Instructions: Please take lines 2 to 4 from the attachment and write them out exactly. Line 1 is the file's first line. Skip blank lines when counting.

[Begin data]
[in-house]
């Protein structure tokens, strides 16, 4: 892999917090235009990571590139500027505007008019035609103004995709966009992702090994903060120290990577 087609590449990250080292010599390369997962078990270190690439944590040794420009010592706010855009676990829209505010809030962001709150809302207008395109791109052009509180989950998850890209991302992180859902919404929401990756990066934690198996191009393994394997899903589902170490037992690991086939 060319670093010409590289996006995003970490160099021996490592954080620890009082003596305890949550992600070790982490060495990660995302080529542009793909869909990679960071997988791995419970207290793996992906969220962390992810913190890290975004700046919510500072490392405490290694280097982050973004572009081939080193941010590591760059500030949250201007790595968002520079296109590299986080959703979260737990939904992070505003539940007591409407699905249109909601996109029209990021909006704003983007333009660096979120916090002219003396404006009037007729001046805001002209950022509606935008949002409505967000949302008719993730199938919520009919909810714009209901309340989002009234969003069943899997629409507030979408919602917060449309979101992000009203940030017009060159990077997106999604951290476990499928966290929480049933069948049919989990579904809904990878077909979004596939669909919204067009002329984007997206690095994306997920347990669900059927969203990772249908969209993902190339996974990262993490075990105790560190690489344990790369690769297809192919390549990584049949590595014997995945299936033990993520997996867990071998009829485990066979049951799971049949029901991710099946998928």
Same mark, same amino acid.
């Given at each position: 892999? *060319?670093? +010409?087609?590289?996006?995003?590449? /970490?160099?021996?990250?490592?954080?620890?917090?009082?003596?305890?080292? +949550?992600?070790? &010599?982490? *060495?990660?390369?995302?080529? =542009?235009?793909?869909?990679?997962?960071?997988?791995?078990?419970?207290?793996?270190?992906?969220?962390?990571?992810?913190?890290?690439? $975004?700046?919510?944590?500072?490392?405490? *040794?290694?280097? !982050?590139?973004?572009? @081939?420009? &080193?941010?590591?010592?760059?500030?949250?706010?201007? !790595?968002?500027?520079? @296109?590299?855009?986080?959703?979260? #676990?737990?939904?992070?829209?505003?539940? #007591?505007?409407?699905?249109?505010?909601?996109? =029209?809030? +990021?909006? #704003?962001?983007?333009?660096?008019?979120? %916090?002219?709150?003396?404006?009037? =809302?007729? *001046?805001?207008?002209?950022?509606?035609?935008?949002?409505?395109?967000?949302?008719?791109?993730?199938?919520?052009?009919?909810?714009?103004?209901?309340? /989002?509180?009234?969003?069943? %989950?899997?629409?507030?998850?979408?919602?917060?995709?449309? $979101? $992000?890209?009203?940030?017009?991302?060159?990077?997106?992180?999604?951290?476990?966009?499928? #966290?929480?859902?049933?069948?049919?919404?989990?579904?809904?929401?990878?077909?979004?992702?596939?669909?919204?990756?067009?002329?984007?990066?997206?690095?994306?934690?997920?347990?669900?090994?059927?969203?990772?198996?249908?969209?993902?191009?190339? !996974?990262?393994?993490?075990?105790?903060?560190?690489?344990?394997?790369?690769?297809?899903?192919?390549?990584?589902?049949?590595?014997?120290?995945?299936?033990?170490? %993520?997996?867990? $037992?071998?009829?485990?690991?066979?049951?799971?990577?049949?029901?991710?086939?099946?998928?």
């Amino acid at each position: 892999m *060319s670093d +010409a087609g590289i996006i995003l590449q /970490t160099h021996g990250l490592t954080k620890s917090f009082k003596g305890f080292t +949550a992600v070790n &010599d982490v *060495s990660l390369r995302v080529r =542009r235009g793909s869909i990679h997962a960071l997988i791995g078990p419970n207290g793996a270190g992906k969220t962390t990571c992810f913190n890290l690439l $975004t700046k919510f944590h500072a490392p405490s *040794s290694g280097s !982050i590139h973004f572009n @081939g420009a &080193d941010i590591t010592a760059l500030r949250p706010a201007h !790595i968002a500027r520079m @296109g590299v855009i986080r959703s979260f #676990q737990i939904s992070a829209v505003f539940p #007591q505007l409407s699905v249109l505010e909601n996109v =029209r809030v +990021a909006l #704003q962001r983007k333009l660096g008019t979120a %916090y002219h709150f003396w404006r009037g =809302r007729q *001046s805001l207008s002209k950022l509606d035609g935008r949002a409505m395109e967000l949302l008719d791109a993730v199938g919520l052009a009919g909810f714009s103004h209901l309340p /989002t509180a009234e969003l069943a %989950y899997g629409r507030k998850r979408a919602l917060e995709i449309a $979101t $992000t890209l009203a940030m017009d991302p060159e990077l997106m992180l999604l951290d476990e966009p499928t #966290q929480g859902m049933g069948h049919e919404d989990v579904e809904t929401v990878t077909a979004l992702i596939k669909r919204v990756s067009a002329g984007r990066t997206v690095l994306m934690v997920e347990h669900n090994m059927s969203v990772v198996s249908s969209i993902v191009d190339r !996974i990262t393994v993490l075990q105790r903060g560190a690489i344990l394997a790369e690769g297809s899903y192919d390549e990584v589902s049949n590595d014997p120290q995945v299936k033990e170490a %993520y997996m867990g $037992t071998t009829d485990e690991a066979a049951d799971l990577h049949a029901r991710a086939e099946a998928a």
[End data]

């Protein structure tokens, strides 16, 4: 892999917090235009990571590139500027505007008019035609103004995709966009992702090994903060120290990577 087609590449990250080292010599390369997962078990270190690439944590040794420009010592706010855009676990829209505010809030962001709150809302207008395109791109052009509180989950998850890209991302992180859902919404929401990756990066934690198996191009393994394997899903589902170490037992690991086939 060319670093010409590289996006995003970490160099021996490592954080620890009082003596305890949550992600070790982490060495990660995302080529542009793909869909990679960071997988791995419970207290793996992906969220962390992810913190890290975004700046919510500072490392405490290694280097982050973004572009081939080193941010590591760059500030949250201007790595968002520079296109590299986080959703979260737990939904992070505003539940007591409407699905249109909601996109029209990021909006704003983007333009660096979120916090002219003396404006009037007729001046805001002209950022509606935008949002409505967000949302008719993730199938919520009919909810714009209901309340989002009234969003069943899997629409507030979408919602917060449309979101992000009203940030017009060159990077997106999604951290476990499928966290929480049933069948049919989990579904809904990878077909979004596939669909919204067009002329984007997206690095994306997920347990669900059927969203990772249908969209993902190339996974990262993490075990105790560190690489344990790369690769297809192919390549990584049949590595014997995945299936033990993520997996867990071998009829485990066979049951799971049949029901991710099946998928």
Same mark, same amino acid.
């Given at each position: 892999? *060319?670093? +010409?087609?590289?996006?995003?590449? /970490?160099?021996?990250?490592?954080?620890?917090?009082?003596?305890?080292? +949550?992600?070790? &010599?982490? *060495?990660?390369?995302?080529? =542009?235009?793909?869909?990679?997962?960071?997988?791995?078990?419970?207290?793996?270190?992906?969220?962390?990571?992810?913190?890290?690439? $975004?700046?919510?944590?500072?490392?405490? *040794?290694?280097? !982050?590139?973004?572009? @081939?420009? &080193?941010?590591?010592?760059?500030?949250?706010?201007? !790595?968002?500027?520079? @296109?590299?855009?986080?959703?979260? #676990?737990?939904?992070?829209?505003?539940? #007591?505007?409407?699905?249109?505010?909601?996109? =029209?809030? +990021?909006? #704003?962001?983007?333009?660096?008019?979120? %916090?002219?709150?003396?404006?009037? =809302?007729? *001046?805001?207008?002209?950022?509606?035609?935008?949002?409505?395109?967000?949302?008719?791109?993730?199938?919520?052009?009919?909810?714009?103004?209901?309340? /989002?509180?009234?969003?069943? %989950?899997?629409?507030?998850?979408?919602?917060?995709?449309? $979101? $992000?890209?009203?940030?017009?991302?060159?990077?997106?992180?999604?951290?476990?966009?499928? #966290?929480?859902?049933?069948?049919?919404?989990?579904?809904?929401?990878?077909?979004?992702?596939?669909?919204?990756?067009?002329?984007?990066?997206?690095?994306?934690?997920?347990?669900?090994?059927?969203?990772?198996?249908?969209?993902?191009?190339? !996974?990262?393994?993490?075990?105790?903060?560190?690489?344990?394997?790369?690769?297809?899903?192919?390549?990584?589902?049949?590595?014997?120290?995945?299936?033990?170490? %993520?997996?867990? $037992?071998?009829?485990?690991?066979?049951?799971?990577?049949?029901?991710?086939?099946?998928?």